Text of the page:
When you go to stewardship conferences they always tell the clergy they should tell their stewardship story to their congregations. And I am not sure I have ever done that – so I want to share with you just a small part of my stewardship story today because it relates to our Gospel lesson for today. So I am going to tell you about only one year – 1991. It starts like this:
I was so broke when I started pledging to the church. To be truthful, I only started pledging because my rector out and out asked me. I was just out of college. I was a waitress and living in Salt Lake City, Utah. I am not sure how much I was making at the time but not a whole lot. I ate a lot of rice and pasta back then – but that’s about all I cook so that worked out quite well. I was biding time between graduating from college and going to seminary. I was 22 years old, and all my expenses were pretty straightforward – I had rent to pay $250 a month, my car payment was $198 per month, my parents thank the Lord were paying my car insurance, I was paying my health and dental costs out of pocket because I had one of those terrible health insurance policies, thank the Lord again my parents were paying for that, but had like a $5,000 deductible which I never reached, again thank goodness.
So when my rector asked me to meet with him, to talk about pledging I was mortified. So I met him and I found out I was going to be one of the anchors of the campaign – and the campaign was called “The Pony Express Commitment”. I actually looked it up in preparation for this sermon and saw that you can still purchase the materials online. Talk to me later if you are interested. It was this kitschy stewardship campaign that was based around the congregation being broken up into 10 groups. Each group had an anchor – the one to start the chain off. I was handed this cardboard thing that was meant to resemble a saddlebag of the old west. To be honest, the saddlebag looked like something that might have come from a “Pin the Tail on the Donkey” Extension Pack. I was then told that I would be the first pledger and then I would deliver the saddlebag to the next person on the list and then they would pledge and then they would hand it on to the next person, and on and on and on. So I was embarrassed – not so much because of the tacky saddlebag, but because, as I told my rector, I didn’t really have very much money. I am sure my face got really hot and red. Being raised in New England money was and remains a taboo subject. And he said, “well, then take money out of the plate when it comes around if you need it.” I’m still not sure if he meant it. But I decided, even though I was broke, I could probably spare $5 a week. Or at least I would see if I could. [I was curious how much that was in today’s money – it’s about $8.80 now.] So I wrote my check for $5.00 each week.
And so when I think of my pledging story, that’s the genesis of it. I still don’t like talking about money. My face may even be turning red right now. But what pledging did for me was this – you know when you are a teenager and you live at home and your parents say to you “you are treating this place like a hotel” – which doesn’t make much sense really if you think about the analogy because you are not even paying to stay there, but anyway, pledging helped turn my church from a hotel to a home. I turned from a visitor to a stake holder. I became one of the people who helped keep the lights on. It felt good – even grown-uppy. It made me an adult in the church. I know confirmation is meant to do that – but, personally, pledging really is what did it for me. It made me vested in the direction of the church, the maintenance, and the life.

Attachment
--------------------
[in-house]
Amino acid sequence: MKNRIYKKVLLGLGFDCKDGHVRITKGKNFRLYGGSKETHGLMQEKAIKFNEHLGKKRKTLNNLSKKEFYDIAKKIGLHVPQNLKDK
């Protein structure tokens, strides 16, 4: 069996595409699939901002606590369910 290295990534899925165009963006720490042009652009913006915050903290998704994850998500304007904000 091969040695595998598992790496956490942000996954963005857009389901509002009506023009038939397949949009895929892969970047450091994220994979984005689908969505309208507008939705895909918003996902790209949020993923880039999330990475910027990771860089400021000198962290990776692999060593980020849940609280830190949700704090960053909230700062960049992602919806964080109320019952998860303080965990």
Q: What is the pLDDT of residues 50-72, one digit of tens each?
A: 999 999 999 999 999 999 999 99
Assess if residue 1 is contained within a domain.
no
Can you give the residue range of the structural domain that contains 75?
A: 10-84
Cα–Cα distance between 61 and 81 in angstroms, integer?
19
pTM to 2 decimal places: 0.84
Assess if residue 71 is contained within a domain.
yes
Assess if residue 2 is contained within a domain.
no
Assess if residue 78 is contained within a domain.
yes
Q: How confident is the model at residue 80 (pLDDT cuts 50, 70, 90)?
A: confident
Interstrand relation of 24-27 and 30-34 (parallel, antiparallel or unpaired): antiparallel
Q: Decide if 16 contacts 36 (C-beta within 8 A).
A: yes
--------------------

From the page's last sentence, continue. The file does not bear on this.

The other added bonus was that I also did not have to make any choices on Sunday morning about how much I was going to put in the plate. It was decided.
This reading for this Sunday is a curious one. Jesus in the words of the King James Version of the bible says “Render therefore unto Caesar’s the things that are Caesar’s, and render therefore unto God the things that are God’s”. And it can give us a sense that the world – particularly money should play no part in our worshipping life. But the thing is that when Jesus said that he was talking to an oppressed people. People who really did not have any choice in the matter who really did need to pay taxes to the Roman Empire or pay a heavy price. And on top of that the authorities who were asking that question were primarily trying to trick Jesus and find ways to get Jesus in trouble.
But the message for us in this lesson is that we are God’s. We are God’s people, and all that we have and all that we are, and all that we love and cherish is part of one big abundant gift from God. And so when we pledge to the church, or make an estimate of our giving, or set aside money to support the work of the church, it is a way of giving back to God in gratitude for all we have.
I give to the church because I realized from that pivotal moment in my young adult life that that is what I was meant and needed to do. Now I give because I feel blessed that I am able to contribute to the life of work of this church. And just like St. James in Sandy, Utah, back in 1991 – when St James ceased to be my spiritual hotel and became my spiritual home, St. Michael’s is now my spiritual home and I am grateful to be able to contribute to all the wonderful things that it does on Sunday and on all the other days of the week.